Yet the PMO treats this mess as though it was carved in two stone tablets and has used it to assist any wharf lord who wants special treatment. “Retail Fish Markets” and “fish stands” can sell tea, but not gourmet shops. The PMO has used it as a bludgeon to prevent the successful initiation of a highly desirable “Monterey Bay Sailing” sub-tenant for over nine years (this is the subject of Agenda item #12).

Where did Resolution 9000 come from in 1957? Nobody is around to tell us, but it is a pretty fair deduction that it was the product of squabbles between the wharf merchants who wanted to minimize competition on the wharf.   Chewing gum must have been a big money maker in 1957, hence it is on several restricted lists, but not on others. Same thing “soda pop.” And there must have been continuing disputes between “Wholesale Fish Markets” and “Retail Fish Markets,” the latter required to have “a dedicated cash register” and “product identification” and “price marking tags.”

So the folks on the wharf must have persuaded City Hall to enact legislation to limit competition and squabbles on the wharf. You can just see the good ole boys sitting around with staffers and whining about the price of soda pop. The fact that the city had no power to do so must not have occurred within the family that was the wharf merchants and the City Council and staff. And by freezing uses and competition on the wharf, the merchants became feudal lords able to exclude anyone else from the opportunity to profit (and profiteer) off the public land. That continues to this day.

In effect, the Tree House Rules created a private members-only club of white vendors, and their heirs, with control over the public’s Tidelands Trust property, seemingly in perpetuity.  You can’t try your hand at running a business on the wharf unless it is already there. The wharf became a “closed shop,” fortified by an officious city only too happy to codify the entitlements of favorite sons. Why bother to erect signs saying “no African-Americans and no Hispanics” when you can get the government to legislate de facto segregation?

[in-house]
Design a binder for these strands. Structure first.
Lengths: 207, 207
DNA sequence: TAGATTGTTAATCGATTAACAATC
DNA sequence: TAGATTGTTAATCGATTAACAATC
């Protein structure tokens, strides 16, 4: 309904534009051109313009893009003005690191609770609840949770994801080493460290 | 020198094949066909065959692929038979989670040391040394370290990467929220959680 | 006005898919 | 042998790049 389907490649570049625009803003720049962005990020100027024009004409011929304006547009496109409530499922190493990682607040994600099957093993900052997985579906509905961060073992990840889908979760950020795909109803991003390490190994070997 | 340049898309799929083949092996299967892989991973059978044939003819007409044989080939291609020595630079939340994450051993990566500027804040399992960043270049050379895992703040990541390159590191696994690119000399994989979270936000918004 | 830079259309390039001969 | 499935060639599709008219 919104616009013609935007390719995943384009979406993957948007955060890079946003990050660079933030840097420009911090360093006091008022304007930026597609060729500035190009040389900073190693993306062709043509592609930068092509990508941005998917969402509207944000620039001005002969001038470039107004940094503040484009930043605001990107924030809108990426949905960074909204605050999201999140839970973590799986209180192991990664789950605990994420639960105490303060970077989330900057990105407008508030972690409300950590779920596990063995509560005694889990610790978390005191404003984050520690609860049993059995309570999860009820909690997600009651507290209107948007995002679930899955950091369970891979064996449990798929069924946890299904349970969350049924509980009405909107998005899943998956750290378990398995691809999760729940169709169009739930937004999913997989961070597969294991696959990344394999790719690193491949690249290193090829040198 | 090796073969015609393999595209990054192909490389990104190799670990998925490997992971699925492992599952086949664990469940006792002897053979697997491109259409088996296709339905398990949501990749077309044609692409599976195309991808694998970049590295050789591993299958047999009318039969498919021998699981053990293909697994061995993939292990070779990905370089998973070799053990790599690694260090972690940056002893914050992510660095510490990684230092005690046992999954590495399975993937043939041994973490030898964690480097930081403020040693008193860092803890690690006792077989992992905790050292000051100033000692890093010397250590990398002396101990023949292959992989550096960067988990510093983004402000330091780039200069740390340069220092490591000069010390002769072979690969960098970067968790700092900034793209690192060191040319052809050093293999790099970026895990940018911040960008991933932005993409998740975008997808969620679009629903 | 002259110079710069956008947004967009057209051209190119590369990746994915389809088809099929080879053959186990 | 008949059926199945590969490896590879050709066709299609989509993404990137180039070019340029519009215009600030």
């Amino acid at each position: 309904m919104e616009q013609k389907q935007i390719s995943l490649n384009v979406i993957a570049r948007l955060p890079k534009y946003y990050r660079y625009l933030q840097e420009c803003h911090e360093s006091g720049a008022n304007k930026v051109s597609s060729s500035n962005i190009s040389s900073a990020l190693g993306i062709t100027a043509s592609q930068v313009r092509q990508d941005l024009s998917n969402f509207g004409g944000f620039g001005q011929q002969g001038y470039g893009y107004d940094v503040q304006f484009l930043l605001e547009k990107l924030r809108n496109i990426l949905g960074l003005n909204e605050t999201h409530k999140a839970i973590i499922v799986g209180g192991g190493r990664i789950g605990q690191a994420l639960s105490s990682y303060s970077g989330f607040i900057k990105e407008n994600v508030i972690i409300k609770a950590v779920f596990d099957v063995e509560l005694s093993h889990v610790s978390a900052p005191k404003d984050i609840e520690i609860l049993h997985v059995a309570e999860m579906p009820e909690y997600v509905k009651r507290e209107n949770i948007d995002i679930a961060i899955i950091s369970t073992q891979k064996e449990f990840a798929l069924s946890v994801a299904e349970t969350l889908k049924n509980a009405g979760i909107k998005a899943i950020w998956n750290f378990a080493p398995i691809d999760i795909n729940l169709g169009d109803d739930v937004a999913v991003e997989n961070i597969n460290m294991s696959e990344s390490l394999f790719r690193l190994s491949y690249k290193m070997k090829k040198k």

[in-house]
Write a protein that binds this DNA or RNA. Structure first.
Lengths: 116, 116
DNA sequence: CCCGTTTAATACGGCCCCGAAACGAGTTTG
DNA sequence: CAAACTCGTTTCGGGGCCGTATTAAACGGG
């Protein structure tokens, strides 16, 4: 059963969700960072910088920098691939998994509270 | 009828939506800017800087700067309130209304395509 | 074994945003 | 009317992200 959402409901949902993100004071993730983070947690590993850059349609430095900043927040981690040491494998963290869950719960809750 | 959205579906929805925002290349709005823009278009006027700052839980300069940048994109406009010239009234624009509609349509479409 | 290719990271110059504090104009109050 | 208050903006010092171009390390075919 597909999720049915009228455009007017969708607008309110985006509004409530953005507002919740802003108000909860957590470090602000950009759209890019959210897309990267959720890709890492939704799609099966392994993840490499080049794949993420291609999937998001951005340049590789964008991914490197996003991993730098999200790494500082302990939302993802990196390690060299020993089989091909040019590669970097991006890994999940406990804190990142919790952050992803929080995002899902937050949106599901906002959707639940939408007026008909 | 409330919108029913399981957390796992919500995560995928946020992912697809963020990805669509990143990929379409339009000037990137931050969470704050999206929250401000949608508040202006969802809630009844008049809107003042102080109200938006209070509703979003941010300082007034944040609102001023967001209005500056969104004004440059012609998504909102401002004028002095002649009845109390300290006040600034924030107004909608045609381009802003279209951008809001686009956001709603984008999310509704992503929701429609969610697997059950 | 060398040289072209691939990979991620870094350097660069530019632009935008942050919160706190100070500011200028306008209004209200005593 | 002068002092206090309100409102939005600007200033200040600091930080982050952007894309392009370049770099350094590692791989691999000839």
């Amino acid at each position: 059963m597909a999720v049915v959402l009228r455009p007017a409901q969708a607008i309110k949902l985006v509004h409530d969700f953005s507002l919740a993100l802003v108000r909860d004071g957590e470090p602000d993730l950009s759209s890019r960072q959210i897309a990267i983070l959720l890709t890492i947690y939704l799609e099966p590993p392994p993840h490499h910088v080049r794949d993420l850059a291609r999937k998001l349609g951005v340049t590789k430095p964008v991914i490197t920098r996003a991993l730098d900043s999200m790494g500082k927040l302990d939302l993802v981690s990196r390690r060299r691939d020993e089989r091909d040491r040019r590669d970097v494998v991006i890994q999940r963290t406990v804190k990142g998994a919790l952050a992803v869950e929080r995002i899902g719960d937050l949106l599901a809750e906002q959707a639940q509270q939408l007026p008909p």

Anyone who has any sense of the proper role and powers of government has only to read Resolution 9000 to realize that it is illegal as hell. Do you really think your city government has the power to tell a private retailer whether or not she can sell chewing gum? Or that no other store but a tackle shop can sell bandaids and kleenix? And do you think that government can turn over public property to a private association that excludes minorities?

Other than violating the Fourteenth Amendment and the Ninth Amendment, which reserves to our citizens the right to be left alone from unwarranted interference by government, Resolution 9000 clearly purports to interfere with interstate commerce, which is the exclusive province of the federal government. Beginning around 1957, the United States took exclusive control under its constitutional power to regulate interstate commerce, in aid of its commitment to extend civil rights to all citizens, regardless of race or color. It is a foregone conclusion that the Feds can regulate seating arrangements in a café in Biloxi, Mississippi because some part of the donuts sold there came across state lines. Same for chewing gum, the regulation of which is preempted by federal law absent proof of a compelling state interest.